By New Times
By Connor Radnovich
By Robrt L. Pela and Amy Silverman
By Ray Stern
By Keegan Hamilton
By Matthew Hendley
By Monica Alonzo
By Monica Alonzo
Falater found work in his long-chosen field of electrical engineering; Yarmila worked in a medical laboratory, specializing in parasitology and hematology.
A few years after they were married, Falater says, Yarmila came around to his way of thinking about Mormonism--especially after a vacation that included a stop in Salt Lake City.
At the sprawling Mormon temple there, he recalls, the couple listened to a religious leader speak of the concept of eternal matrimony.
"It's called a sealing," Falater explains, "because, for us [Mormons] marriage does not end with 'until death do you part.' It goes on forever. . . . It's not a guarantee--both have to have lived worthy enough to live as husband and wife in the hereafter. [Yarmila] just looked at me and said, 'Do you want that?' I said, 'Of course, I do.'"
After the couple returned home, Falater says, Yarmila took religion classes and was baptized into the faith. Later, the Falaters were "sealed" in a ceremony at a Mormon temple in Washington, D.C.
(Falater says he doesn't know what his church has in store for him. "My stake president has told me my membership is on standby status--though I'm not sure what that means. If I'm convicted, I'm making the assumption that I'll be excommunicated. . . .")
The couple moved to Florida, where their two children were born in the early 1980s. They moved to Minnesota for a few years before migrating to Arizona in 1987.
Yarmila had given up her medical career after she gave birth to the couple's second child. (She also was an ace basket weaver and seamstress, among other skills.)
But Yarmila felt trapped and controlled, Falater says, in part because he'd become arrogant and self-centered. She was deeply depressed while they were living in Minnesota, partly, he says, "because she had no support system, and I was burning the midnight oil in a new job, and so forth."
Falater says he suspects that Yarmila may have left him if he hadn't changed.
"Frankly, now I look back and say, boy, what an asshole I was," he says. "It was the lowest point of our marriage when we were moving to Phoenix. But I started to realize how important it was for us to put down roots, to try to do better to make her happy. I think I did that."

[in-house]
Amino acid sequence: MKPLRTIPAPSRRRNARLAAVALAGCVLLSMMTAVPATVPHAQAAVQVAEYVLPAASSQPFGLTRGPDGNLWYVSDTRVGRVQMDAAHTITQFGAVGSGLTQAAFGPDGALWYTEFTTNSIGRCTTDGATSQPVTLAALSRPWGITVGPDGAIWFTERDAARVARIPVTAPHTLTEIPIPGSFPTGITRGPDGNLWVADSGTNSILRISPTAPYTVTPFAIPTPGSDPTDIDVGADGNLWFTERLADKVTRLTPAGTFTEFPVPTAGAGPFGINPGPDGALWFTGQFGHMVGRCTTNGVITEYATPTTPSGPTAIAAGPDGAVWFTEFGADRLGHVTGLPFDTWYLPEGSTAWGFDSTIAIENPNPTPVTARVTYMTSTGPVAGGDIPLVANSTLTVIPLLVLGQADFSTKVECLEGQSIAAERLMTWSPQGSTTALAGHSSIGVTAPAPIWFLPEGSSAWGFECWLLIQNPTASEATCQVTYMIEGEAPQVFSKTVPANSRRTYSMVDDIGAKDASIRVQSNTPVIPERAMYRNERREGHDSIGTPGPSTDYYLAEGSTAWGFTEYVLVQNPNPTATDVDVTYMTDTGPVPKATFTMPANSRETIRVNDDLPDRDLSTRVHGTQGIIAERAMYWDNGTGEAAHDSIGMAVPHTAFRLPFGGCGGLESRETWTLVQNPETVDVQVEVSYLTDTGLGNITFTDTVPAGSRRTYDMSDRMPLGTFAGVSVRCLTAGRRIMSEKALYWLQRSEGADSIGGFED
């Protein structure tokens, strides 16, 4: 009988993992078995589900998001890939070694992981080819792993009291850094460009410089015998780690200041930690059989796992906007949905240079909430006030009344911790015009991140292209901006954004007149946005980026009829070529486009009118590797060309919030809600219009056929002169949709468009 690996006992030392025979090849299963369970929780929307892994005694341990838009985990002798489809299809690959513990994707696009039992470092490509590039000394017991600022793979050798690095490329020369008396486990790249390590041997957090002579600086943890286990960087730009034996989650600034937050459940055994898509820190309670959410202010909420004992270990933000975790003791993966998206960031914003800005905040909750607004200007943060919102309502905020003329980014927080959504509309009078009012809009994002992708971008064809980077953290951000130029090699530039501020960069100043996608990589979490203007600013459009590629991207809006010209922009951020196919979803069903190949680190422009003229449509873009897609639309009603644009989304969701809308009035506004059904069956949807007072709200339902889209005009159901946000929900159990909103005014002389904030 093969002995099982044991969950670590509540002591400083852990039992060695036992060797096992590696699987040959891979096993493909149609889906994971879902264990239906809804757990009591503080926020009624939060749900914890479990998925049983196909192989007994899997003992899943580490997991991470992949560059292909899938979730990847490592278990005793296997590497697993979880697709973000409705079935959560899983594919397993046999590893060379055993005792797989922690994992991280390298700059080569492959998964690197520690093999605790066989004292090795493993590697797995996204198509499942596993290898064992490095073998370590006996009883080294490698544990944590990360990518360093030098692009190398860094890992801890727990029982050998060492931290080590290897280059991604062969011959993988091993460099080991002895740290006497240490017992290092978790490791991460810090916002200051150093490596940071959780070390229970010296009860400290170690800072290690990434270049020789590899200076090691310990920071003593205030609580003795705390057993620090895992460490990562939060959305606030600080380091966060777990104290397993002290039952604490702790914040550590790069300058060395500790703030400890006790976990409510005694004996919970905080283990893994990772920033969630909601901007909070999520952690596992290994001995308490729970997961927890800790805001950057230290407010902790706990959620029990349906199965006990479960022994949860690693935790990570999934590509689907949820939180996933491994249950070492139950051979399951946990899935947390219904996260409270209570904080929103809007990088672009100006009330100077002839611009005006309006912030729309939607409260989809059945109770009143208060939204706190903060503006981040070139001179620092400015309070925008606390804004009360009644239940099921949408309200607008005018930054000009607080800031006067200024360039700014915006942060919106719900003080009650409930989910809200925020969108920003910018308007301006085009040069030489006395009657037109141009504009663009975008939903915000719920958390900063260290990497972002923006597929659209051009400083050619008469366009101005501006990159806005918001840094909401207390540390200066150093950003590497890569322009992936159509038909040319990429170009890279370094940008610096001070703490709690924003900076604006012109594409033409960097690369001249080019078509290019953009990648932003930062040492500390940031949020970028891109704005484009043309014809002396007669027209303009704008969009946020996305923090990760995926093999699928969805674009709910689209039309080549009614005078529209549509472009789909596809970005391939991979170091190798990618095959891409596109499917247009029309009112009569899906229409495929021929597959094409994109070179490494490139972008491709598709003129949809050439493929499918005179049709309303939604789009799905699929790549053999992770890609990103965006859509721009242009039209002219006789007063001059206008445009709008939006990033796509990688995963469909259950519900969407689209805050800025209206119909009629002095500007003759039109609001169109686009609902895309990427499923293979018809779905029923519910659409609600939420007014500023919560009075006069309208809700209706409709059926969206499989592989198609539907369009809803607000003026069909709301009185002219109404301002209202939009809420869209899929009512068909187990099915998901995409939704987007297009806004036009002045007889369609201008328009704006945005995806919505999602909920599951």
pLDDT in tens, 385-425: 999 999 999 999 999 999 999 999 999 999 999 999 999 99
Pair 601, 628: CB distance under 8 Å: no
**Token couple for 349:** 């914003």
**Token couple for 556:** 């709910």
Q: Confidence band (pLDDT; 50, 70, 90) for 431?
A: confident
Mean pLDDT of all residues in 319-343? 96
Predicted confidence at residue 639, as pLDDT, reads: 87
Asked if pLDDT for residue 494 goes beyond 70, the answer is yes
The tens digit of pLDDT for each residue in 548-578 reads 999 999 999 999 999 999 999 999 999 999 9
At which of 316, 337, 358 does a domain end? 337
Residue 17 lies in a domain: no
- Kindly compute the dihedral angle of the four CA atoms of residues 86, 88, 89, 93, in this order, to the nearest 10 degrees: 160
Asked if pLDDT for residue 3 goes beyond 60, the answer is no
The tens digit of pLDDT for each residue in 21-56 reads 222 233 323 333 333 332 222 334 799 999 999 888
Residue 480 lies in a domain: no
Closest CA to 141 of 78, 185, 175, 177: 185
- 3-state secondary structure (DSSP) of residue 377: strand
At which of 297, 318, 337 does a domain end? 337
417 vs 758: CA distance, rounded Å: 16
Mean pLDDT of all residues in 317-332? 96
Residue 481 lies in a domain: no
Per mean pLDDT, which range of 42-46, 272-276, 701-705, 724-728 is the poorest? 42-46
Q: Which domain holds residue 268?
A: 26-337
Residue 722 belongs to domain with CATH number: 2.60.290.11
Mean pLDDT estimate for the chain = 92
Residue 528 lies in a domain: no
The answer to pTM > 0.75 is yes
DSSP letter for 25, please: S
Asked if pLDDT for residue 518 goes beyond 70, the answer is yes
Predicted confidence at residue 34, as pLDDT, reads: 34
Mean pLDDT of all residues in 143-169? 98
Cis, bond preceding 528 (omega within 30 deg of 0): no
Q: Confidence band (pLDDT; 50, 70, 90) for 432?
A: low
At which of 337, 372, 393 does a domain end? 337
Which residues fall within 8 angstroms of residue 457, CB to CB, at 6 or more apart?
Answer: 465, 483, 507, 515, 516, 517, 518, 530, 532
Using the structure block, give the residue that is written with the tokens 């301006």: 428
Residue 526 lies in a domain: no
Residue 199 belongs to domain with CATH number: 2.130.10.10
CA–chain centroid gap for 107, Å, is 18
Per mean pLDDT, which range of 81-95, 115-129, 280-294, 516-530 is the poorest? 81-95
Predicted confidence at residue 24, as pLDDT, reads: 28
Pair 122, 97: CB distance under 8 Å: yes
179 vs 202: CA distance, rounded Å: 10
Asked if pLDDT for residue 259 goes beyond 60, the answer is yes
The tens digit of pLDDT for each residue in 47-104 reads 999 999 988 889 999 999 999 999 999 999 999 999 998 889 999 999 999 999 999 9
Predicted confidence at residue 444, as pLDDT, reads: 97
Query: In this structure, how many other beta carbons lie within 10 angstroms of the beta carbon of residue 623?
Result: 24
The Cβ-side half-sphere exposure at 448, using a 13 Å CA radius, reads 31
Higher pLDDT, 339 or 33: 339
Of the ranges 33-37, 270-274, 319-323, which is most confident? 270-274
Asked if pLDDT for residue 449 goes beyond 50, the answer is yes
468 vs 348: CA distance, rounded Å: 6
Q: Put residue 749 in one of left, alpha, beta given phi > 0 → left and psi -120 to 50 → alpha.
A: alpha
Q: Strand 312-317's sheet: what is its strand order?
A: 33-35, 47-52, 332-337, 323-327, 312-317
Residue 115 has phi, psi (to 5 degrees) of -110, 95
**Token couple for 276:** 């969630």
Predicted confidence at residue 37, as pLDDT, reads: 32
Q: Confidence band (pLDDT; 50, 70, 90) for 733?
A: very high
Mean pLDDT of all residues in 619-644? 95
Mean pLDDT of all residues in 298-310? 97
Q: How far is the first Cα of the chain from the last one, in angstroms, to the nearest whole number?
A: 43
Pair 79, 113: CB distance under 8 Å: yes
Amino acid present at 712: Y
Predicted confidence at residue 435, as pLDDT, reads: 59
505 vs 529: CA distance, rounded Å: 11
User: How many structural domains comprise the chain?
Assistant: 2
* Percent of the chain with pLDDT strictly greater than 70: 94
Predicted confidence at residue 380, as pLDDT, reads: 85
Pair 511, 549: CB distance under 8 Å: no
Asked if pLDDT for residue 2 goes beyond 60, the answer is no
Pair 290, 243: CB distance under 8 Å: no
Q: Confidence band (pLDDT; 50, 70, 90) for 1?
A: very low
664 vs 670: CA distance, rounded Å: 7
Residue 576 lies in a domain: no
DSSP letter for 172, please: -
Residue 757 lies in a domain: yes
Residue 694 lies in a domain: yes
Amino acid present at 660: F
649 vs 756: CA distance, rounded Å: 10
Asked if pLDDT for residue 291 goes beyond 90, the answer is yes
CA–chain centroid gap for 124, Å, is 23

At first, Arizona proved to be an oasis for the couple, and Falater's new job as an engineer at a Motorola semiconductor plant worked out well.
By the mid-1990s, according to Falater, his family had settled into a comfortable if somewhat frenetic routine: He worked long hours, was involved in his church, and spent whatever time he had left at home.
In his mind, his marriage was "working on all cylinders" as 1997 approached. The Falaters were planning a family trip to Europe in the summer of 1997. He wanted to become a full-time high school math and science teacher by the time he turned 50. Yarmila had returned to work, as an aide at a preschool.
The Falaters seemed like a normal American family.
But, without question, powerful stresses were building inside Scott Falater. His defense team will contend at trial that those stresses--mostly work-related--helped trigger the unwitting rage that took his wife's life.
Just before 11 p.m. on January 16, 1997, Phoenix police took a call from a northeast Phoenix man. Greg Koons said his next-door neighbor was holding a woman underwater in the swimming pool.
Steve Stanowicz was one of three Phoenix police officers to arrive within seconds of each other. Koons directed him to the Falaters' backyard, where a horrific tableau awaited.
Yarmila floated face down in the shallow end of the pool, her body lighted eerily by motion-detector lights. Blood poured out of the heavyset woman as Stanowicz pulled her from the pool. She was dressed casually.
Yarmila was pronounced dead at the scene.
Officer Kemp Layden saw a man in a white tee shirt and pajama pants in the house, and he and officer Joseph Jones walked in through the unlocked patio doors. They ordered the man at gunpoint to lie down on the floor.
"What's wrong? What's going on?" he asked the officers.
They asked how many people were in the house. Four, he replied, himself, his wife and their two kids.
Jones saw bloodstains on the man's tricep and behind his right ear as he handcuffed him. He asked the man to identify himself.
Scott Falater, the man said, and gave his date of birth.
"As he spoke to me," Jones' report says, "he seemed very shaky, with shortness of breath. He also had difficulty breathing."
The children remained asleep in their upstairs bedrooms until detectives awoke them after their father was in custody.
Another officer spoke with next-door neighbor Koons. In this first interview, Koons said he and his girlfriend, Stephanie Reidhead, had gone to bed around 10:10 p.m. He said he heard screaming from the Falaters' backyard, and he walked into his own backyard to see what was going on.
From there, he saw movement, and heard someone go into the Falaters' house. Koons stood on a planter to look over the block wall that separated his property from the Falaters'.